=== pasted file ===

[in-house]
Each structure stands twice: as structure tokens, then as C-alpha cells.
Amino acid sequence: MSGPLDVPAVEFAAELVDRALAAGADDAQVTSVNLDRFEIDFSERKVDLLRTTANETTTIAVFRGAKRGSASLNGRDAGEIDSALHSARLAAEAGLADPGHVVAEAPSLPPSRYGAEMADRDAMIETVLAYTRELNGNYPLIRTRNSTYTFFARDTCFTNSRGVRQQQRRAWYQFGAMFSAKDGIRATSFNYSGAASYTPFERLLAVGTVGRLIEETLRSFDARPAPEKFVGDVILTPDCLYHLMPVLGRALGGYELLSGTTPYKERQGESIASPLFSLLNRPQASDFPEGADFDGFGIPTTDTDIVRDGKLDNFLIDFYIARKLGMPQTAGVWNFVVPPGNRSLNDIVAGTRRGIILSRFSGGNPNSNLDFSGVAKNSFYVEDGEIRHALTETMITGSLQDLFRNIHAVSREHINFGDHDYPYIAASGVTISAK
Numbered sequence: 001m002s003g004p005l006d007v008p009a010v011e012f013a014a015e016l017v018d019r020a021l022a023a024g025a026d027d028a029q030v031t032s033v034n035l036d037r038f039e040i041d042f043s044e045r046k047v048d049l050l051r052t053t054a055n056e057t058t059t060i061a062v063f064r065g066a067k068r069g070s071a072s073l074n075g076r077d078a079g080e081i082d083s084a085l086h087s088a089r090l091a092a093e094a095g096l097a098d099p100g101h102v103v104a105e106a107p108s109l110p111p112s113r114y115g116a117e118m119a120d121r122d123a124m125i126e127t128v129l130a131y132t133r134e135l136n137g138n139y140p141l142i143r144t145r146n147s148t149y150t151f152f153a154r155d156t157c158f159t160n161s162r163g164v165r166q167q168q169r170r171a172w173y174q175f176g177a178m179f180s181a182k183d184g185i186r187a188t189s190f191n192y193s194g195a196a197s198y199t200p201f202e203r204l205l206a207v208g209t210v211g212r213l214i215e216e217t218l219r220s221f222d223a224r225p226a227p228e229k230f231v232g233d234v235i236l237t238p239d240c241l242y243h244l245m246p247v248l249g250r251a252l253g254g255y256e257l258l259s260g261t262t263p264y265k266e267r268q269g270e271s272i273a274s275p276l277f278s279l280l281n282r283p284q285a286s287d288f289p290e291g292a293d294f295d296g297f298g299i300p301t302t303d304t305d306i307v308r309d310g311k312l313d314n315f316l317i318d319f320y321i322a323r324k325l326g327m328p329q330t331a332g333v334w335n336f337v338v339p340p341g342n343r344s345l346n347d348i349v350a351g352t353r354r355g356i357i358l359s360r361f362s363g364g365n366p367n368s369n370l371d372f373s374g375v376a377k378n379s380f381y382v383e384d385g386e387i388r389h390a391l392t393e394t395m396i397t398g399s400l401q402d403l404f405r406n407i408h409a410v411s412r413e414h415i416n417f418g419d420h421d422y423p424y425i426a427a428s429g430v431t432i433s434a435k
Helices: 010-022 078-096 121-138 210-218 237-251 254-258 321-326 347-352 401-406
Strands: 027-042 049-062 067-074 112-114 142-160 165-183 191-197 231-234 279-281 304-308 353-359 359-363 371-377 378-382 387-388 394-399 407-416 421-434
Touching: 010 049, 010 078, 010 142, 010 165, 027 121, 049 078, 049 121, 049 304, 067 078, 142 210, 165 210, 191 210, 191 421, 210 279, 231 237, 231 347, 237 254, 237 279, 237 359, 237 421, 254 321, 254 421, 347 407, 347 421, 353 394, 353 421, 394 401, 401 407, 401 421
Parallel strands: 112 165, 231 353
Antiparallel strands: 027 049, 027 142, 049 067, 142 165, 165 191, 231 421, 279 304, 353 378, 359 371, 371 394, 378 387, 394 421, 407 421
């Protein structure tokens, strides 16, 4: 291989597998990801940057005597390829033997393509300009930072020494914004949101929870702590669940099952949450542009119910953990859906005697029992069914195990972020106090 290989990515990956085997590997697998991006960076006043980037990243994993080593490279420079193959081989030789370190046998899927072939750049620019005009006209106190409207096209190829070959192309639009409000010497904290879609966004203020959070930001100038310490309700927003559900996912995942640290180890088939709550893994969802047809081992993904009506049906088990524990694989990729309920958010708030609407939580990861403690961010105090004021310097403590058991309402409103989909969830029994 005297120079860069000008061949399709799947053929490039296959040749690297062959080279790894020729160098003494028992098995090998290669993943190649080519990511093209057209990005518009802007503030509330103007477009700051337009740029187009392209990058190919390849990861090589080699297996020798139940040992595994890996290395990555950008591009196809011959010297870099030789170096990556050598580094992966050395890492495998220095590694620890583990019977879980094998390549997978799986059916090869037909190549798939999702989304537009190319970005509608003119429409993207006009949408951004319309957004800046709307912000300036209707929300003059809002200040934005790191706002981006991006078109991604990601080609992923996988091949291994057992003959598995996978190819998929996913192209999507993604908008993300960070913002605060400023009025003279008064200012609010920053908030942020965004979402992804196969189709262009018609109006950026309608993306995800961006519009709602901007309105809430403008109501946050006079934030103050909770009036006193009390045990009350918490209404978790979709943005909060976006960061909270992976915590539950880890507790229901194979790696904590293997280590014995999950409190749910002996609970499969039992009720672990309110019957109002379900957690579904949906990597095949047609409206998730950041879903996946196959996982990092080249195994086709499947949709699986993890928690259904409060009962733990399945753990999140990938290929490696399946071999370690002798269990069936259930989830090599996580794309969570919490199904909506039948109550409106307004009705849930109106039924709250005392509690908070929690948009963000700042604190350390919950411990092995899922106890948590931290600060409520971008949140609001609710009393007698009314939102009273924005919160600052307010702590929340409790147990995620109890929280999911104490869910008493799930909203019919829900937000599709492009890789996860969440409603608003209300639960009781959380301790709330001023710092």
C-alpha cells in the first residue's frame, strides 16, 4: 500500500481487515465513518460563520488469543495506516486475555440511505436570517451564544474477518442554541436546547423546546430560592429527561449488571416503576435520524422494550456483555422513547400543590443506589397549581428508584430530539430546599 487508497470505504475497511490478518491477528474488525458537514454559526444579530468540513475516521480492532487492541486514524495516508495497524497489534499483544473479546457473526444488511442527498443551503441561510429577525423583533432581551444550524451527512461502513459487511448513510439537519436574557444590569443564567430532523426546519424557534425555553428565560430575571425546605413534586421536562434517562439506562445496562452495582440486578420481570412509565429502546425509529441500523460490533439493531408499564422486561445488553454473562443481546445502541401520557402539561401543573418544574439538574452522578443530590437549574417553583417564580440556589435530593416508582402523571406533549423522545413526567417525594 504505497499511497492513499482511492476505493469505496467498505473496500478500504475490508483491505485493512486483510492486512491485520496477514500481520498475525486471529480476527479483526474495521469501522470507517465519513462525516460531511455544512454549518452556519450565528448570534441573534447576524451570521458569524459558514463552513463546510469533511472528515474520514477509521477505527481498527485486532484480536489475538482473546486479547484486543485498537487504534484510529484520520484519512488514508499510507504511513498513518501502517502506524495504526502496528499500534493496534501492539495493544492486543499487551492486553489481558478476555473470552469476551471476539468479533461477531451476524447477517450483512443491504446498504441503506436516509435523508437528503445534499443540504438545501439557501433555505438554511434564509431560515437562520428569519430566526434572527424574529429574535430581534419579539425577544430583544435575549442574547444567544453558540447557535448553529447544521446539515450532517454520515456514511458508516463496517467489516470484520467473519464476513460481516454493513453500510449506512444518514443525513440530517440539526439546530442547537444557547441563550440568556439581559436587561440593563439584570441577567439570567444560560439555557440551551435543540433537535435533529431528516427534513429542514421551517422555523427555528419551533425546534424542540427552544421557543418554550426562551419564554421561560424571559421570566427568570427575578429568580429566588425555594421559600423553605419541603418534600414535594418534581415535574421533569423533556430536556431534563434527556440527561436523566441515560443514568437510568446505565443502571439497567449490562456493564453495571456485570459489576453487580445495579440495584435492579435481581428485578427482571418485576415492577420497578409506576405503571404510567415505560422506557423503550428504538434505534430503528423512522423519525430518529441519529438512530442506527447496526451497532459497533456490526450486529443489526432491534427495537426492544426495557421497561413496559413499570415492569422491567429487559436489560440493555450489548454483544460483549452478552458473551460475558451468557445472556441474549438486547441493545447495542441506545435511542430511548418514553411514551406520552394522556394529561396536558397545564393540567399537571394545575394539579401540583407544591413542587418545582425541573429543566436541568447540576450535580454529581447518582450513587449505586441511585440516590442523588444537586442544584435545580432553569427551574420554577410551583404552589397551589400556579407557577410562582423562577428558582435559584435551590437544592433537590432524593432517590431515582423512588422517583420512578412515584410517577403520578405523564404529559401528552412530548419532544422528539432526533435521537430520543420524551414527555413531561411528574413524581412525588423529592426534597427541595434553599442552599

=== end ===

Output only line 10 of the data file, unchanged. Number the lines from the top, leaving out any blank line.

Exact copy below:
């Protein structure tokens, strides 16, 4: 291989597998990801940057005597390829033997393509300009930072020494914004949101929870702590669940099952949450542009119910953990859906005697029992069914195990972020106090 290989990515990956085997590997697998991006960076006043980037990243994993080593490279420079193959081989030789370190046998899927072939750049620019005009006209106190409207096209190829070959192309639009409000010497904290879609966004203020959070930001100038310490309700927003559900996912995942640290180890088939709550893994969802047809081992993904009506049906088990524990694989990729309920958010708030609407939580990861403690961010105090004021310097403590058991309402409103989909969830029994 005297120079860069000008061949399709799947053929490039296959040749690297062959080279790894020729160098003494028992098995090998290669993943190649080519990511093209057209990005518009802007503030509330103007477009700051337009740029187009392209990058190919390849990861090589080699297996020798139940040992595994890996290395990555950008591009196809011959010297870099030789170096990556050598580094992966050395890492495998220095590694620890583990019977879980094998390549997978799986059916090869037909190549798939999702989304537009190319970005509608003119429409993207006009949408951004319309957004800046709307912000300036209707929300003059809002200040934005790191706002981006991006078109991604990601080609992923996988091949291994057992003959598995996978190819998929996913192209999507993604908008993300960070913002605060400023009025003279008064200012609010920053908030942020965004979402992804196969189709262009018609109006950026309608993306995800961006519009709602901007309105809430403008109501946050006079934030103050909770009036006193009390045990009350918490209404978790979709943005909060976006960061909270992976915590539950880890507790229901194979790696904590293997280590014995999950409190749910002996609970499969039992009720672990309110019957109002379900957690579904949906990597095949047609409206998730950041879903996946196959996982990092080249195994086709499947949709699986993890928690259904409060009962733990399945753990999140990938290929490696399946071999370690002798269990069936259930989830090599996580794309969570919490199904909506039948109550409106307004009705849930109106039924709250005392509690908070929690948009963000700042604190350390919950411990092995899922106890948590931290600060409520971008949140609001609710009393007698009314939102009273924005919160600052307010702590929340409790147990995620109890929280999911104490869910008493799930909203019919829900937000599709492009890789996860969440409603608003209300639960009781959380301790709330001023710092």